0.1 1 Source: Breyer and Gerlach, 2010.

Originally (Arrow, 1962), learning-by-doing was attributed to "increased workers' productivity" due to experience, other factors remaining constant. Nemet suggests this was a relatively minor factor underlining the drivers of cost reduction. The success of some new entrants was instead due to their capacity to raise capital and take on the risk of large investments. Ten out of the 16 major advances in module efficiency can be traced back to government and university R&D programmes, while the other six were accomplished in companies manufacturing PV cells. Finally, reductions in the cost of purified silicon were a spill-over benefit from manufacturing improvements in the microprocessor industry.

Increased deployment has thus been, through various channels, the most important driver of cost reductions. Nemet's analysis supports the policy prescription based on deployment-led cost reductions which is followed in IEA ETP projections to 2050. The projections are also based on an analysis of the cost reduction potentials to be mobilised in future learning phases, and milestones towards competitiveness in progressively broader electricity markets (see IEA Technology Roadmaps, in particular IEA, 2010c).

Discussion: locking-in, locking-out

The somewhat provocative expression "green serves the dirtiest" designates policies supporting renewable energy deployment as the only culprit of this paradoxical - but relative - advantage given to the most CO2-emitting fossil fuels. However, the problem, if there is one, arises from the interaction of the two policies. ETS alone would certainly give an advantage to the cleanest fossil fuels. RE policies alone would essentially disadvantage all types of fossil fuel.

The addition of an RE policy to an existing ETS does not lead to additional CO2 emission reductions from the entities covered by the ETS, as the overall cap remains unchanged. This is not a failure of the RE policy. It is a simple and logical consequence of the very design of the ETS, which is a fixed quantity policy. Things would be different if the policy directly addressing CO2 emissions were a price policy or a hybrid policy, or if the emission cap were to be set in conjunction with the expected contribution of RE support policies. In the case of a price policy - say, a carbon tax - CO2 reductions driven by the RE policy could add to the CO2 reductions driven by the carbon tax, depending on the strength of each. In the case of a hybrid policy, such as an ETS with a price floor, a reduction of the carbon price resulting from the RE policy could lead to additional CO2 emission reductions, in the event that the carbon price were to fall below the level of the price floor.

The remaining question is whether the short-term, relative advantage given to more CO2-intensive generation technology could lock-in of such technology, at the expense of efforts to cut emissions.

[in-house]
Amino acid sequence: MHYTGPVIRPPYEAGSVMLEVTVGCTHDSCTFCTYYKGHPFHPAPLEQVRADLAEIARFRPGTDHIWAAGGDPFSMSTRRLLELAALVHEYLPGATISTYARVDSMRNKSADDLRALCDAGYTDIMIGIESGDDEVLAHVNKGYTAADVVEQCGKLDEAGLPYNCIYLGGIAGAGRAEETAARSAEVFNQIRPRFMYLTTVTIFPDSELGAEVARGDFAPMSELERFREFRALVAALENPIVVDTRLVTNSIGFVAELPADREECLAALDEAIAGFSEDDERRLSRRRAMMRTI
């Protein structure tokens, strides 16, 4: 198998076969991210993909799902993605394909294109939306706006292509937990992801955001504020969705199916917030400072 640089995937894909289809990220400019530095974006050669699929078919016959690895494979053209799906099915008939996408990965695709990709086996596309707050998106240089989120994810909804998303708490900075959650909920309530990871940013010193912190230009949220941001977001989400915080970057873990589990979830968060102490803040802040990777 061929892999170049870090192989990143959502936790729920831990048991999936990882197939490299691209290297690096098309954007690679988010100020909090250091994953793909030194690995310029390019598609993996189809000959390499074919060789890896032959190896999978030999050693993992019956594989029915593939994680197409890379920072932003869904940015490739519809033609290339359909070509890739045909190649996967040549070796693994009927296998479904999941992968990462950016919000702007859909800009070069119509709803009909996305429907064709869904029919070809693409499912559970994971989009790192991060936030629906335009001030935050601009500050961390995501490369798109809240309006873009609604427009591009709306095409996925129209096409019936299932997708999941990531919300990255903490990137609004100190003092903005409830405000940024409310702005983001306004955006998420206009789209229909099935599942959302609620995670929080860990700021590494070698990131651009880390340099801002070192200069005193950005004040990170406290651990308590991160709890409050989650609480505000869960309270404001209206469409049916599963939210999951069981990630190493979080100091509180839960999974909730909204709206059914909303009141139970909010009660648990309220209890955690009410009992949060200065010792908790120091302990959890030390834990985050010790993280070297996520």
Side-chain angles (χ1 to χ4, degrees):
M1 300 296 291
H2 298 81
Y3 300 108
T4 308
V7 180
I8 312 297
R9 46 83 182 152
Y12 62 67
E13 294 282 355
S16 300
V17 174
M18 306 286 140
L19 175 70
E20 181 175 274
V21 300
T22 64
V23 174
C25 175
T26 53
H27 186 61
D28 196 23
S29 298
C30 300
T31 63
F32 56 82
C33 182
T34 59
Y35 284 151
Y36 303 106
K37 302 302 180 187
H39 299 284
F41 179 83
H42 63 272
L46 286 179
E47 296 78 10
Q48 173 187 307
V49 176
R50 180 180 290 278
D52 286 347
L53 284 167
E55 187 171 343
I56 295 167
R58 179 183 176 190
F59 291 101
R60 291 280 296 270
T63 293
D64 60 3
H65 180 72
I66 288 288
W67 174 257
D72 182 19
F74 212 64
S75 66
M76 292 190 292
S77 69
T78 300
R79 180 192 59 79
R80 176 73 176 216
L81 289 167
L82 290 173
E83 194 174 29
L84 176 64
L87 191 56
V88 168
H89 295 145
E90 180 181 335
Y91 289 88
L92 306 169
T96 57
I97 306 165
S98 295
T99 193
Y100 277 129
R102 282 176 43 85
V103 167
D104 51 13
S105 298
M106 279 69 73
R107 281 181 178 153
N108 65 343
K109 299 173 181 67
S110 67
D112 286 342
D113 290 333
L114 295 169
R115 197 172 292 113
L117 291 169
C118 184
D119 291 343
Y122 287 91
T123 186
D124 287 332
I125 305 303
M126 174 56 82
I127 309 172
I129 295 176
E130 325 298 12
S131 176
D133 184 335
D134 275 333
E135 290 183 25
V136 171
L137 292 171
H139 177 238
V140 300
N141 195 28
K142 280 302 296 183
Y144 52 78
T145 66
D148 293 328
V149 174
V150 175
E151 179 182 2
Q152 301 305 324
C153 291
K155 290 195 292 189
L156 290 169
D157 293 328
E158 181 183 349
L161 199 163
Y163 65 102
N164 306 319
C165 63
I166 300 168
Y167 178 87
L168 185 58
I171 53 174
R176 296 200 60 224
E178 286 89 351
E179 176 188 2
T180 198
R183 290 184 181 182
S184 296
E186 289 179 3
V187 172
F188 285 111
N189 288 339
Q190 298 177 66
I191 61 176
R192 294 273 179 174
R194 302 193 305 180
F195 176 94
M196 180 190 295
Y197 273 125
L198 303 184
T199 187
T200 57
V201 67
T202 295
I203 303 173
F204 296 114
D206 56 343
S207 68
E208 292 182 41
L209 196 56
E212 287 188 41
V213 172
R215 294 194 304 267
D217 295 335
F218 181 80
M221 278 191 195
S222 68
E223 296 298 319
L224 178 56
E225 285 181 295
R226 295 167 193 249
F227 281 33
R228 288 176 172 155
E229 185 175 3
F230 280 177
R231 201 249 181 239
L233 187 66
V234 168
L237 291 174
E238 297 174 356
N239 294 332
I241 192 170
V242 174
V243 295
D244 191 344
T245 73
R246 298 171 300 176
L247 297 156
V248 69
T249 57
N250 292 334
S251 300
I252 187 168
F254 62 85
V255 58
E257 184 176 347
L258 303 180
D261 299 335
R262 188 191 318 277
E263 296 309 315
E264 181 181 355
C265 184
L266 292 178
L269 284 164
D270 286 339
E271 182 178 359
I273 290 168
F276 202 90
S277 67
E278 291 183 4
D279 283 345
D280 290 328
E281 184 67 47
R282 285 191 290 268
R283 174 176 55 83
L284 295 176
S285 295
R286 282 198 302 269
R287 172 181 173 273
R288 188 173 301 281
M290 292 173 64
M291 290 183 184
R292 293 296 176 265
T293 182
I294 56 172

The feedback process from markets to technical improvements providing increasing returns tends to create "lock-in" and "lock-out" phenomena: it is not (always) because a particular technology is efficient that it is adopted, but (sometimes) because it is adopted that it will become efficient (Arthur, 1989). Technological paths may very much depend on initial conditions. As such, technologies having small short-term advantages may "lock-in" a society into technological choices that may have lesser long-term advantages than technologies that are "locked-out".

How does this apply to the issue of fuel shifting vs. renewables? Fossil-fuel technologies have had a very large global market for more than a century. They can still improve, but marginally, while the introduction and deployment of new renewable energy technologies from a very narrow basis holds the possibility of more considerable progress.

It is therefore unlikely that the rather minor advantage given to more CO2-intensive generation described by Bohringer and Rosendahl (2009) would enhance the lock-in of these fossil fuel technologies. By contrast, RE policy instruments will unlock the potential of renewables.

While this fuel shift in electricity generation does reduce GHG emissions, in climate-friendly scenarios like the 450 Scenario of the WEO 2010 (IEA, 2010a) the global consumption of natural gas decreases after 2025 while renewable energy production continues to expand. In this scenario, the contribution of renewables to electricity production reaches 14 500 TWh by 2035 (from 3 800 TWh in 2008), the contribution of modern renewables to the production of heat increases from 10% in 2008 to 16%, and the production of biofuels for transportation multiplies sevenfold.

A short-term fuel switch towards natural gas in existing capacities with low capacity factors entails immediate emission reductions; however, providing an incentive to build new gas-fired generating capacities - presumably efficient combined-cycle gas turbines - could make achieving deeper emissions reductions post-2020 more difficult and costly. CCGT plants established this decade would face competitive difficulties post-2020 in the face of tighter emissions targets/caps and higher carbon prices which, ultimately, would favour renewables. Although gas plants can be re-sold and moved, their owners would presumably argue for compensation and/or deferral or softening of post-2020 targets. From this viewpoint, less efficient but cheaper open gas turbines could paradoxically be preferred in that transition for their capability to serve later on, with quite low capacity factors, as back-up capacities for variable renewables.

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